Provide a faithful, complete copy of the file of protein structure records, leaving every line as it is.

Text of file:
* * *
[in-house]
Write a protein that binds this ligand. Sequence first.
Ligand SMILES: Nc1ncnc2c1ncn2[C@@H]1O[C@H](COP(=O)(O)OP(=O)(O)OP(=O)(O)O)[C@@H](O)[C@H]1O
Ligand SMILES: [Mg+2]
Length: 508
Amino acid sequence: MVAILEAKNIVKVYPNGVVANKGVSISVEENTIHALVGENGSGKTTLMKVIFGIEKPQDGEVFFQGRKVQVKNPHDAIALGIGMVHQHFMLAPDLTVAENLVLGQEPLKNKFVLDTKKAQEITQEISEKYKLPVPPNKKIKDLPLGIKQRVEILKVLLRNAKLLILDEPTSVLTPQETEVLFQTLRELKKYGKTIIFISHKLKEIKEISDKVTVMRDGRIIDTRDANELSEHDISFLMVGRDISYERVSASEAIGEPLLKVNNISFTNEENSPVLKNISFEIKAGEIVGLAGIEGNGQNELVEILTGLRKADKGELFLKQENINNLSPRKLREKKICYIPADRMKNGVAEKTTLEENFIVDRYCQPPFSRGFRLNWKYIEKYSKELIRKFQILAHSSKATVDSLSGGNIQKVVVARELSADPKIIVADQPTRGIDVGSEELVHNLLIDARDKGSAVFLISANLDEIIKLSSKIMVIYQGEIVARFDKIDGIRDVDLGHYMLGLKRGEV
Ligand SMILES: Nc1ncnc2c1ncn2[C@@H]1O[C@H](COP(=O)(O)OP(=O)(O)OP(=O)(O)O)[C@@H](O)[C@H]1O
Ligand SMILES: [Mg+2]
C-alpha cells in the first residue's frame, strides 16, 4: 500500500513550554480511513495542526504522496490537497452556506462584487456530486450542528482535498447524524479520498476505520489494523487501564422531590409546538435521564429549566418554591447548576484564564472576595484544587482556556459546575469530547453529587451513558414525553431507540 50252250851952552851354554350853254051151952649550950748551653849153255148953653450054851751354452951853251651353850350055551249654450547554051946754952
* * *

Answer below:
[in-house]
Write a protein that binds this ligand. Sequence first.
Ligand SMILES: Nc1ncnc2c1ncn2[C@@H]1O[C@H](COP(=O)(O)OP(=O)(O)OP(=O)(O)O)[C@@H](O)[C@H]1O
Ligand SMILES: [Mg+2]
Length: 508
Amino acid sequence: MVAILEAKNIVKVYPNGVVANKGVSISVEENTIHALVGENGSGKTTLMKVIFGIEKPQDGEVFFQGRKVQVKNPHDAIALGIGMVHQHFMLAPDLTVAENLVLGQEPLKNKFVLDTKKAQEITQEISEKYKLPVPPNKKIKDLPLGIKQRVEILKVLLRNAKLLILDEPTSVLTPQETEVLFQTLRELKKYGKTIIFISHKLKEIKEISDKVTVMRDGRIIDTRDANELSEHDISFLMVGRDISYERVSASEAIGEPLLKVNNISFTNEENSPVLKNISFEIKAGEIVGLAGIEGNGQNELVEILTGLRKADKGELFLKQENINNLSPRKLREKKICYIPADRMKNGVAEKTTLEENFIVDRYCQPPFSRGFRLNWKYIEKYSKELIRKFQILAHSSKATVDSLSGGNIQKVVVARELSADPKIIVADQPTRGIDVGSEELVHNLLIDARDKGSAVFLISANLDEIIKLSSKIMVIYQGEIVARFDKIDGIRDVDLGHYMLGLKRGEV
Ligand SMILES: Nc1ncnc2c1ncn2[C@@H]1O[C@H](COP(=O)(O)OP(=O)(O)OP(=O)(O)O)[C@@H](O)[C@H]1O
Ligand SMILES: [Mg+2]
C-alpha cells in the first residue's frame, strides 16, 4: 500500500513550554480511513495542526504522496490537497452556506462584487456530486450542528482535498447524524479520498476505520489494523487501564422531590409546538435521564429549566418554591447548576484564564472576595484544587482556556459546575469530547453529587451513558414525553431507540 50252250851952552851354554350853254051151952649550950748551653849153255148953653450054851751354452951853251651353850350055551249654450547554051946754952